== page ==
In his initial appearance before the panel, Barr also took issue with Trump’s labeling the investigation of his inner circle’s contacts with Moscow as a “witch hunt.”

“I don’t believe (special counsel Robert) Mueller would be involved in a witch hunt,” Barr said, adding that he intends to let the probe run its course and that the results should be made known to the public and Congress.

Barr said the special counsel could only be terminated for good cause and that “it’s unimaginable” that Mueller would “ever do anything that gave rise to good cause.”

Democrats repeatedly stressed the importance of independence to the role of attorney general and noted Trump’s penchant for lashing out at the Justice Department.

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Senate Judiciary Committee Chairman Lindsey Graham, R-S.C., accompanied by Ranking Member Sen. Dianne Feinstein, D-Calif.,(R) questions Attorney General nominee William Barr during a Senate Judiciary Committee hearing on Capitol Hill in Washington, Jan. 15, 2019. VOA

“I believe it is important that the next attorney general be able to strongly resist pressure, whether from the administration or Congress,” California Democrat Dianne Feinstein said. “He must have the integrity, the strength and the fortitude to tell the president ‘no’ regardless of the consequences.”

“If confirmed, the president is going to expect you to his bidding. I can almost guarantee he’ll cross the line at some point,” Vermont Sen. Patrick Leahy said.

“I can truly be independent,” Barr insisted. “I’m in a position in life where I can do the right thing and not really care about the consequences … I will not be bullied into doing anything I think is wrong.”

Barr’s memo

Barr, who served as attorney general under President George H. W. Bush, has drawn scrutiny for a memo he wrote last year criticizing special counsel Mueller for examining whether Trump tried to obstruct the investigation by firing then-FBI Director James Comey in 2017.

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Attorney General Jeff Sessions speaks during a news conference to announce a criminal law enforcement action involving China, at the Department of Justice in Washington, Nov. 1, 2018. VOA

In a memo to Deputy Attorney General Rod Rosenstein, who oversees the Russia investigation, Barr opined that probing Trump’s actions toward Comey was “fatally misconceived” and “grossly irresponsible.”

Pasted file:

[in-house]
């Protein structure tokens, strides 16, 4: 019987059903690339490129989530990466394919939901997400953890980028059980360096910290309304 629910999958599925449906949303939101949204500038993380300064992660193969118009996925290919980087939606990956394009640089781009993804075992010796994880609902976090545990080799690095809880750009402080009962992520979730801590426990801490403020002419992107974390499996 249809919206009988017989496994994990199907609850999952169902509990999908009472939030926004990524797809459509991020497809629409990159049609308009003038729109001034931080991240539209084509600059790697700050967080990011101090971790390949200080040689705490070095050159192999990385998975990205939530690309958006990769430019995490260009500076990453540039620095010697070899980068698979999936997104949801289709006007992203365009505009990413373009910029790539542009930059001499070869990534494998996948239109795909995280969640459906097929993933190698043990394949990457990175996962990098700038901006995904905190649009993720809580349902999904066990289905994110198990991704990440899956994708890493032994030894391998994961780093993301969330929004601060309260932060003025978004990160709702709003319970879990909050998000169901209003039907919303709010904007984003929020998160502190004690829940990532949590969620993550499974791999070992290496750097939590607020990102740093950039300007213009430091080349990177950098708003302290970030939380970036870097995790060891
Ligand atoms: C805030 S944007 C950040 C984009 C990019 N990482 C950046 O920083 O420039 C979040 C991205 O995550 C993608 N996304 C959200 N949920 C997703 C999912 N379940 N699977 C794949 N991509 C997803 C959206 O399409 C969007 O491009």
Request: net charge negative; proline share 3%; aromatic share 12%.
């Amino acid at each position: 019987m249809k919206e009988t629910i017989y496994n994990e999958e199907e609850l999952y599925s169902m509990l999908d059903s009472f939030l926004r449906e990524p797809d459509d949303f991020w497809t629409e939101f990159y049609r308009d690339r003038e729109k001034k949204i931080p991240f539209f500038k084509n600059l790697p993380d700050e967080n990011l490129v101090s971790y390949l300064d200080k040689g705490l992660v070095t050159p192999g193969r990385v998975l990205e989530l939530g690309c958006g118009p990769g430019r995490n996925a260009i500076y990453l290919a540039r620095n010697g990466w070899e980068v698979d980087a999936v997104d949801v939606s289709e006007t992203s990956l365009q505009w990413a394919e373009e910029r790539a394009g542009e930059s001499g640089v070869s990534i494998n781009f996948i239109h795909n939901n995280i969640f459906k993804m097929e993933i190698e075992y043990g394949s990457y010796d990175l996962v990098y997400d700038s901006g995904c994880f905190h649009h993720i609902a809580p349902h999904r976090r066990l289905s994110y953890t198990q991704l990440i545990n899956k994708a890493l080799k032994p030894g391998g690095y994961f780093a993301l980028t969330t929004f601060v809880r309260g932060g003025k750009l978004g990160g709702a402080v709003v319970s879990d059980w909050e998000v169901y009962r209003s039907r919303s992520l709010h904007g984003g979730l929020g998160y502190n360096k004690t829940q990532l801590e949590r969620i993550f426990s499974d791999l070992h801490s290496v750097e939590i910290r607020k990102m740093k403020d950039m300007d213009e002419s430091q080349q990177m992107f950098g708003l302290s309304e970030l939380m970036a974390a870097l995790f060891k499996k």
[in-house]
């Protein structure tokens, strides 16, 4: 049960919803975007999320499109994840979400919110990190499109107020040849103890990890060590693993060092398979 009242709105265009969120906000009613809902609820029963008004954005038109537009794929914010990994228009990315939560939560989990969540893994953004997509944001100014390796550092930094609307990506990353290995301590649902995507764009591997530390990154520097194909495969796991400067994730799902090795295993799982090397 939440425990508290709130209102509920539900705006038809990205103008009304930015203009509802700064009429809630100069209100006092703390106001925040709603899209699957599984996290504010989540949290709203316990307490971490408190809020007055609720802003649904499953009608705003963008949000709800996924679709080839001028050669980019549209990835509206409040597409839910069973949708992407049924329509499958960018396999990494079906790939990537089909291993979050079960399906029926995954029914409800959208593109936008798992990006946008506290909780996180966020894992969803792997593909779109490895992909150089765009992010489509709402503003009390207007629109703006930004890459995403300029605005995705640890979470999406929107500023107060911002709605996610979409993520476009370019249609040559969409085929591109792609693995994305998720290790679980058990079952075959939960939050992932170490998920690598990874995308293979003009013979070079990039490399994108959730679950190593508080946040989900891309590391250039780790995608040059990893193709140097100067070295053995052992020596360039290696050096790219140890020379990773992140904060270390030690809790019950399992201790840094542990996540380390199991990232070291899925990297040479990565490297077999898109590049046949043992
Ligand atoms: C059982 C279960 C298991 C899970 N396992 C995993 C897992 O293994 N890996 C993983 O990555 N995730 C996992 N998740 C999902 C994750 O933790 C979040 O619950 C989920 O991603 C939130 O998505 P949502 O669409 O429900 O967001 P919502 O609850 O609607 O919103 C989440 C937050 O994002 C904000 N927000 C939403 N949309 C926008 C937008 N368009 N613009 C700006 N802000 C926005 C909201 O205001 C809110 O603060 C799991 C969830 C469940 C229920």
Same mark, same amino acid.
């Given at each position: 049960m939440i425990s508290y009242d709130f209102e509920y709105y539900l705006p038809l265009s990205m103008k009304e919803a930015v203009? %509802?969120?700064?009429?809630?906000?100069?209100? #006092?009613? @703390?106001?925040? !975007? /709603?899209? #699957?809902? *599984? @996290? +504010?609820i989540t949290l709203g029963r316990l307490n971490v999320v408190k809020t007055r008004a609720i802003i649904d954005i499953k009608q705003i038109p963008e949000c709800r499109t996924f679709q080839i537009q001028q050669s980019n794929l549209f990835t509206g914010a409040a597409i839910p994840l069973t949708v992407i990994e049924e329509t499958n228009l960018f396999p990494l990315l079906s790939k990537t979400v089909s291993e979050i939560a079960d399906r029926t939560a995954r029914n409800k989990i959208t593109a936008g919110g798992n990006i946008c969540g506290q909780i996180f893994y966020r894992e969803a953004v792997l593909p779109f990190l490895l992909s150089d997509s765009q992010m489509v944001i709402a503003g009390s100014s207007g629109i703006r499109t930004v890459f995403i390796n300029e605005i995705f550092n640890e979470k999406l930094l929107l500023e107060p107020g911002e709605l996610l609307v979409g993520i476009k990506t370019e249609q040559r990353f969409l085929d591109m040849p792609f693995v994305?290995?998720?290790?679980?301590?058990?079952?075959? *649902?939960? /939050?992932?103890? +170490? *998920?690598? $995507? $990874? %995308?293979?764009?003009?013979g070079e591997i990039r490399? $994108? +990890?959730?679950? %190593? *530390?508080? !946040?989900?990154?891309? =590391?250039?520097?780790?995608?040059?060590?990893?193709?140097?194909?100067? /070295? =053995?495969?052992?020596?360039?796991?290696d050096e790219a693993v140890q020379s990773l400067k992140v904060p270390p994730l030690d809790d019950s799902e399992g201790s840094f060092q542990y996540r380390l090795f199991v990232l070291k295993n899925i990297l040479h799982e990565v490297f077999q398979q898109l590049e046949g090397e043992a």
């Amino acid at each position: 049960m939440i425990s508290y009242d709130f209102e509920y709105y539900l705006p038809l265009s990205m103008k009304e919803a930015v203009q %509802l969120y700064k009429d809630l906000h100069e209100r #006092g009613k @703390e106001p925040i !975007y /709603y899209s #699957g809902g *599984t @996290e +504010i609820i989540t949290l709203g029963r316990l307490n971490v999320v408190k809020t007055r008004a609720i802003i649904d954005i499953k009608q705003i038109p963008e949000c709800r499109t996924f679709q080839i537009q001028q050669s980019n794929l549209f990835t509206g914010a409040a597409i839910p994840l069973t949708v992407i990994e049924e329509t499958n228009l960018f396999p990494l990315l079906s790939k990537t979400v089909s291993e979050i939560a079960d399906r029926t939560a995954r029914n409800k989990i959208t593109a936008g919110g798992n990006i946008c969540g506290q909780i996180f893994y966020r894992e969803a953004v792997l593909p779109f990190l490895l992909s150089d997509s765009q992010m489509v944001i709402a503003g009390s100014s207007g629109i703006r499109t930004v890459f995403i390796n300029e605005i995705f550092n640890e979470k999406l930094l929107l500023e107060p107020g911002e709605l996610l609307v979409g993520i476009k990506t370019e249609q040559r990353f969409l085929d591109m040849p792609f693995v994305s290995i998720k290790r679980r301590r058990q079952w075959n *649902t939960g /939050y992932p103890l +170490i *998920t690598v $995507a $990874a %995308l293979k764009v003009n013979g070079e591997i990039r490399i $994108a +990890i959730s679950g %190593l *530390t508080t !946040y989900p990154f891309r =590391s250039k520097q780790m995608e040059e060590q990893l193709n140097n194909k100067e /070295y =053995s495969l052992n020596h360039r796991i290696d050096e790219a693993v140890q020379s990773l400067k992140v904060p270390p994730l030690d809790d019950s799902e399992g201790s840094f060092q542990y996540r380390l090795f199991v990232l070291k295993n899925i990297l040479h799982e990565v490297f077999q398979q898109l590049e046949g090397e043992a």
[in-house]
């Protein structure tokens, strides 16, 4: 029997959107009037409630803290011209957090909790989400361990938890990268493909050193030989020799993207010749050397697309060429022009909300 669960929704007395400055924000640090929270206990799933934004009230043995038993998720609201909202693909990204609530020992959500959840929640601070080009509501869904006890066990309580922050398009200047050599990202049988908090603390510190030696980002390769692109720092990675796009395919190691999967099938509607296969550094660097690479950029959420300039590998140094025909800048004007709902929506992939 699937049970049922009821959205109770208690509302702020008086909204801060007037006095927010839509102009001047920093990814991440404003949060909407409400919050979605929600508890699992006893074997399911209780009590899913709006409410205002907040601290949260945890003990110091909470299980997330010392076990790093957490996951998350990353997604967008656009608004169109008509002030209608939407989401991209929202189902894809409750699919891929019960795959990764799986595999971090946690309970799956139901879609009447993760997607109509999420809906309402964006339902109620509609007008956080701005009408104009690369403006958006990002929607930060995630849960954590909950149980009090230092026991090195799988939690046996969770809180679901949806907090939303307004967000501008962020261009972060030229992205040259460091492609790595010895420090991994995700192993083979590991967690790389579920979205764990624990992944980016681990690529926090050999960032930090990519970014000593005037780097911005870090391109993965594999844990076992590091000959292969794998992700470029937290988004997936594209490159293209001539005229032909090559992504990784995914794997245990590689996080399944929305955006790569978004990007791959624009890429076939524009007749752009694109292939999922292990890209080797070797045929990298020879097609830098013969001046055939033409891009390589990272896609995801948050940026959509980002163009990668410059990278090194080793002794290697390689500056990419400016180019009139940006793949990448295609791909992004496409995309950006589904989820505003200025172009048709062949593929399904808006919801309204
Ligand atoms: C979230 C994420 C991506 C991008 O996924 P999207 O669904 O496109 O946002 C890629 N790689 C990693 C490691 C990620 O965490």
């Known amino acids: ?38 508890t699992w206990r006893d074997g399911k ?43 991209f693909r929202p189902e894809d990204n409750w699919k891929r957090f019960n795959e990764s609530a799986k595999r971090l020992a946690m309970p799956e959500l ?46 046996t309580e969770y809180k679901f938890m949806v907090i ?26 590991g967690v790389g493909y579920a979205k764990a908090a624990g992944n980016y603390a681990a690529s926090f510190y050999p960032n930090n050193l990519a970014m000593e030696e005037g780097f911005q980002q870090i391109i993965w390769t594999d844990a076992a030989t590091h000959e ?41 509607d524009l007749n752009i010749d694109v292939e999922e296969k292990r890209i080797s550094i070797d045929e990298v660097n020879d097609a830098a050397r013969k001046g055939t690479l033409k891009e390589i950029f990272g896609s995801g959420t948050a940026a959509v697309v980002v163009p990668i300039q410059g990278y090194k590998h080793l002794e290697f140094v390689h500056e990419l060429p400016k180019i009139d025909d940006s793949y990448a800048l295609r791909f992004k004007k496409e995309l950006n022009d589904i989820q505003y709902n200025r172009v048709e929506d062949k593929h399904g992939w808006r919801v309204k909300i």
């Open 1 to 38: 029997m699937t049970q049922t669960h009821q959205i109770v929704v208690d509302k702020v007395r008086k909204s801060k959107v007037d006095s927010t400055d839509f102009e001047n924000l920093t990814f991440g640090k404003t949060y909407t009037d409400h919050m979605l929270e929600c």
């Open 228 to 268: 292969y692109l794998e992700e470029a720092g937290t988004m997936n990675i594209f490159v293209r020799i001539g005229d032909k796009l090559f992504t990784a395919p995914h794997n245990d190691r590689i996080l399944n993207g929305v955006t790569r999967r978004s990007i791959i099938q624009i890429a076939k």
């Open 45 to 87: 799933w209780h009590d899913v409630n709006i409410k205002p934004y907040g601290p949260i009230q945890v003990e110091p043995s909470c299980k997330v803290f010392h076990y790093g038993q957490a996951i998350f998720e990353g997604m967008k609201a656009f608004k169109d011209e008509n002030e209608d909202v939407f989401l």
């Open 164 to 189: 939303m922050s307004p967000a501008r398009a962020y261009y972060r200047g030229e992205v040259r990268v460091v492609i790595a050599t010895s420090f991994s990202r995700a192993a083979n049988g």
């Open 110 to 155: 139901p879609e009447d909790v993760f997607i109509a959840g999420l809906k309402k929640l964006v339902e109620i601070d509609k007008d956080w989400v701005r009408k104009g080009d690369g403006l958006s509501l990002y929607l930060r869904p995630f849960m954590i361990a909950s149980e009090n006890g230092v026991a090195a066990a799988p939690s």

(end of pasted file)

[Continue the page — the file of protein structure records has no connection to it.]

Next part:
The memo, written last June, came to light after Trump nominated Barr, 68, to succeed then-Attorney General Jeff Sessions, whom Trump ousted over his recusal from oversight of the Russia investigation. The document sparked widespread concern among minority Democrats in the Senate, who have long feared Trump intends to shut down the probe.

At the confirmation hearing, Barr argued his memo was “narrow in scope” and did not address the investigation into Russian interference in the 2016 election and other “potential obstruction-of-justice theories.”

Later in the hearing, Barr said, “I think Russians attempted to interfere with the [2016] election, and I think we have to get to the bottom of it.”

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Attorney General nominee William Barr testifies during a Senate Judiciary Committee hearing on Capitol Hill in Washington, Jan. 15, 2019. VOA

Republicans also sought assurances from the nominee. The committee’s new chairman, Lindsey Graham of South Carolina, expressed outrage over extensive communications between two FBI agents during the 2016 presidential campaign that showed extreme bias and prejudice against Trump.

“We’re relying on you to clean this place up,” Graham said of the Justice Department.

Graham also asked if, as commander in chief, Trump has the authority to divert federal funding in order to build a wall along the U.S.-Mexico border.

“Without looking at the statute, I really couldn’t answer that,” Barr replied.

Also Read: “I Never Worked For Russia”, Says US President Donald Trump

The nominee criticized so-called “sanctuary cities” that do not notify federal officials about undocumented immigrants who are taken into custody. He also weighed in on the current standoff between the White House and congressional Democrats over border wall funding.

“I would like to see a deal reached whereby Congress recognizes that it’s imperative to have border security, and that part of that border security, as a commonsense matter, needs barriers,” Barr said. (VOA)